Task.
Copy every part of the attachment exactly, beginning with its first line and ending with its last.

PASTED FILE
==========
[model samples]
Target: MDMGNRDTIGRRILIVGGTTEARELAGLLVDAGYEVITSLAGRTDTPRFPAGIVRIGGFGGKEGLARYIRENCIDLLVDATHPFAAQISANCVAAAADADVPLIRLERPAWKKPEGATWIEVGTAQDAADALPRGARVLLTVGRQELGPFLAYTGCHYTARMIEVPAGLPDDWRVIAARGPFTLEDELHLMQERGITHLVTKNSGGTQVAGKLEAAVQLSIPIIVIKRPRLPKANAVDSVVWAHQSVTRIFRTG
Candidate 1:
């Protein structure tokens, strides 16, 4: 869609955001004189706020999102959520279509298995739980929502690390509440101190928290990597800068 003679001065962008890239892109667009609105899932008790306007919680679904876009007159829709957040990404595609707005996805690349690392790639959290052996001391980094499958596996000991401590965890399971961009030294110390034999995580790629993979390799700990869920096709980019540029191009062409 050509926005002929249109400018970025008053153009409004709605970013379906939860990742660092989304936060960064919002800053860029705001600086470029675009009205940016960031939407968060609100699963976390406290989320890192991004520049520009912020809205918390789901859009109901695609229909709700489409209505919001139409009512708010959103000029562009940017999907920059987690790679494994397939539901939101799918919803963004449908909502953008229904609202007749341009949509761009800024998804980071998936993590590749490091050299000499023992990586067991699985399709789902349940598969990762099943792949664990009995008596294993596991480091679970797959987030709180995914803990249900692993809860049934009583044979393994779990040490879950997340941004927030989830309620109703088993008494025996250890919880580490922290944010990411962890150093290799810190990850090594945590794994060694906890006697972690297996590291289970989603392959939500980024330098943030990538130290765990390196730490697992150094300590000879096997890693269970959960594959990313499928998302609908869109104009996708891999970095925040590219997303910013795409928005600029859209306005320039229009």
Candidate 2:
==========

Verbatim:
[model samples]
Target: MDMGNRDTIGRRILIVGGTTEARELAGLLVDAGYEVITSLAGRTDTPRFPAGIVRIGGFGGKEGLARYIRENCIDLLVDATHPFAAQISANCVAAAADADVPLIRLERPAWKKPEGATWIEVGTAQDAADALPRGARVLLTVGRQELGPFLAYTGCHYTARMIEVPAGLPDDWRVIAARGPFTLEDELHLMQERGITHLVTKNSGGTQVAGKLEAAVQLSIPIIVIKRPRLPKANAVDSVVWAHQSVTRIFRTG
Candidate 1:
């Protein structure tokens, strides 16, 4: 869609955001004189706020999102959520279509298995739980929502690390509440101190928290990597800068 003679001065962008890239892109667009609105899932008790306007919680679904876009007159829709957040990404595609707005996805690349690392790639959290052996001391980094499958596996000991401590965890399971961009030294110390034999995580790629993979390799700990869920096709980019540029191009062409 050509926005002929249109400018970025008053153009409004709605970013379906939860990742660092989304936060960064919002800053860029705001600086470029675009009205940016960031939407968060609100699963976390406290989320890192991004520049520009912020809205918390789901859009109901695609229909709700489409209505919001139409009512708010959103000029562009940017999907920059987690790679494994397939539901939101799918919803963004449908909502953008229904609202007749341009949509761009800024998804980071998936993590590749490091050299000499023992990586067991699985399709789902349940598969990762099943792949664990009995008596294993596991480091679970797959987030709180995914803990249900692993809860049934009583044979393994779990040490879950997340941004927030989830309620109703088993008494025996250890919880580490922290944010990411962890150093290799810190990850090594945590794994060694906890006697972690297996590291289970989603392959939500980024330098943030990538130290765990390196730490697992150094300590000879096997890693269970959960594959990313499928998302609908869109104009996708891999970095925040590219997303910013795409928005600029859209306005320039229009």
Candidate 2: